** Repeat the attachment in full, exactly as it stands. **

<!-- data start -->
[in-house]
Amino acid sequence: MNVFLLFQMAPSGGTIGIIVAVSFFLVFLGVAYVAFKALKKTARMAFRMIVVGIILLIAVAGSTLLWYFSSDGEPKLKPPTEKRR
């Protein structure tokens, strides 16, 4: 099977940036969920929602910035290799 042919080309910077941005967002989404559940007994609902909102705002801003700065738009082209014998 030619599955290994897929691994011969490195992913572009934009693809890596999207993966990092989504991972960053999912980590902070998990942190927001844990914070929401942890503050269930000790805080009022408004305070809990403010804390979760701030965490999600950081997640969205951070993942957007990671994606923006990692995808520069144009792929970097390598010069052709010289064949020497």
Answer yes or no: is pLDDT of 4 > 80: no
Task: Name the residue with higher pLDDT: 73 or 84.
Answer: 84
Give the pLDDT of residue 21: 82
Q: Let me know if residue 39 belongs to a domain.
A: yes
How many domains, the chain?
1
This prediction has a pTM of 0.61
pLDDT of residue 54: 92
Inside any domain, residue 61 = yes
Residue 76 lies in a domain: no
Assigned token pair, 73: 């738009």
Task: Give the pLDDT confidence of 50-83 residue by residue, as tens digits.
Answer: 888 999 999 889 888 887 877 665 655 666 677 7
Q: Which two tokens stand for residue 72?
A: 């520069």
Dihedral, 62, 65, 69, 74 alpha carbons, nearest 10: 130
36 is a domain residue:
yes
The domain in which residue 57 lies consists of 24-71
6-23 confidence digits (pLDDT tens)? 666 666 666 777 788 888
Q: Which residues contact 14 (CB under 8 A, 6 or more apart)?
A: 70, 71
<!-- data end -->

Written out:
[in-house]
Amino acid sequence: MNVFLLFQMAPSGGTIGIIVAVSFFLVFLGVAYVAFKALKKTARMAFRMIVVGIILLIAVAGSTLLWYFSSDGEPKLKPPTEKRR
């Protein structure tokens, strides 16, 4: 099977940036969920929602910035290799 042919080309910077941005967002989404559940007994609902909102705002801003700065738009082209014998 030619599955290994897929691994011969490195992913572009934009693809890596999207993966990092989504991972960053999912980590902070998990942190927001844990914070929401942890503050269930000790805080009022408004305070809990403010804390979760701030965490999600950081997640969205951070993942957007990671994606923006990692995808520069144009792929970097390598010069052709010289064949020497």
Answer yes or no: is pLDDT of 4 > 80: no
Task: Name the residue with higher pLDDT: 73 or 84.
Answer: 84
Give the pLDDT of residue 21: 82
Q: Let me know if residue 39 belongs to a domain.
A: yes
How many domains, the chain?
1
This prediction has a pTM of 0.61
pLDDT of residue 54: 92
Inside any domain, residue 61 = yes
Residue 76 lies in a domain: no
Assigned token pair, 73: 């738009």
Task: Give the pLDDT confidence of 50-83 residue by residue, as tens digits.
Answer: 888 999 999 889 888 887 877 665 655 666 677 7
Q: Which two tokens stand for residue 72?
A: 């520069």
Dihedral, 62, 65, 69, 74 alpha carbons, nearest 10: 130
36 is a domain residue:
yes
The domain in which residue 57 lies consists of 24-71
6-23 confidence digits (pLDDT tens)? 666 666 666 777 788 888
Q: Which residues contact 14 (CB under 8 A, 6 or more apart)?
A: 70, 71